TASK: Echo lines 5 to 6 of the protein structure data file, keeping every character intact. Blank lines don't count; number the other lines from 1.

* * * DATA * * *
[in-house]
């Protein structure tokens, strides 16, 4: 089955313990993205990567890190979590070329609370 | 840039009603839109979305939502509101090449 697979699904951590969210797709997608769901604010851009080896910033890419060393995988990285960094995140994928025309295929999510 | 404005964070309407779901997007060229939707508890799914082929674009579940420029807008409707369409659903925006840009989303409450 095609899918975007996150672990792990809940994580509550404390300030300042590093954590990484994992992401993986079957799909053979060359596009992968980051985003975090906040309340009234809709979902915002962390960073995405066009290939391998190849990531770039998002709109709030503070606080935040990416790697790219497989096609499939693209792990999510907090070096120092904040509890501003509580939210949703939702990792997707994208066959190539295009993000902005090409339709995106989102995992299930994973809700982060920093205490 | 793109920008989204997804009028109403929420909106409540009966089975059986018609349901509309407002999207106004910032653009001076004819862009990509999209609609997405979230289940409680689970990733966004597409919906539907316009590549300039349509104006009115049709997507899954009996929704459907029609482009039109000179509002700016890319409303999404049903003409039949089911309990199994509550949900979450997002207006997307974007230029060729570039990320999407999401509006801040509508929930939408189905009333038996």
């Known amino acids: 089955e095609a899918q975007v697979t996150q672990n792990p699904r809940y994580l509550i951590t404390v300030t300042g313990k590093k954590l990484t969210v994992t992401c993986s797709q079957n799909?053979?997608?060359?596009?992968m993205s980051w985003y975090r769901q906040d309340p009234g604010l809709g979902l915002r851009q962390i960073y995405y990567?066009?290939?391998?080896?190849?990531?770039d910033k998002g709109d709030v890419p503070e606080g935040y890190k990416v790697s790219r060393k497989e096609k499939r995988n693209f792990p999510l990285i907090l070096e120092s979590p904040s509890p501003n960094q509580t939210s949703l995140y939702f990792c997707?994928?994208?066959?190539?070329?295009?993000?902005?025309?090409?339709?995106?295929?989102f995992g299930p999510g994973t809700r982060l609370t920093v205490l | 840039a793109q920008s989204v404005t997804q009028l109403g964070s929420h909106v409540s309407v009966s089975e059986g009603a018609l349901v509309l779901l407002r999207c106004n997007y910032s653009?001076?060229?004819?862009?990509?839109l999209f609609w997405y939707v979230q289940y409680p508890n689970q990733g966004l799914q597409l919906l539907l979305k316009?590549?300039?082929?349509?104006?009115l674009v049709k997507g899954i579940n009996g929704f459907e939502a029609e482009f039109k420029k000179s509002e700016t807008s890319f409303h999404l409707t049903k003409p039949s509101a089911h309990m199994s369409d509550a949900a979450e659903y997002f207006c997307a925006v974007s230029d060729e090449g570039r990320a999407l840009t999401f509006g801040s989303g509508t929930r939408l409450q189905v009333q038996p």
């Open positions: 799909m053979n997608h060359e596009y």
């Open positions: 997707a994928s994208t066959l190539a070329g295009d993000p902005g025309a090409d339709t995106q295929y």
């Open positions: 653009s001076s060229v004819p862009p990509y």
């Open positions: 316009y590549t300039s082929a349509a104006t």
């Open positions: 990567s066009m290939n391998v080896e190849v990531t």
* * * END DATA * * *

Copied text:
């Open positions: 997707a994928s994208t066959l190539a070329g295009d993000p902005g025309a090409d339709t995106q295929y």
């Open positions: 653009s001076s060229v004819p862009p990509y």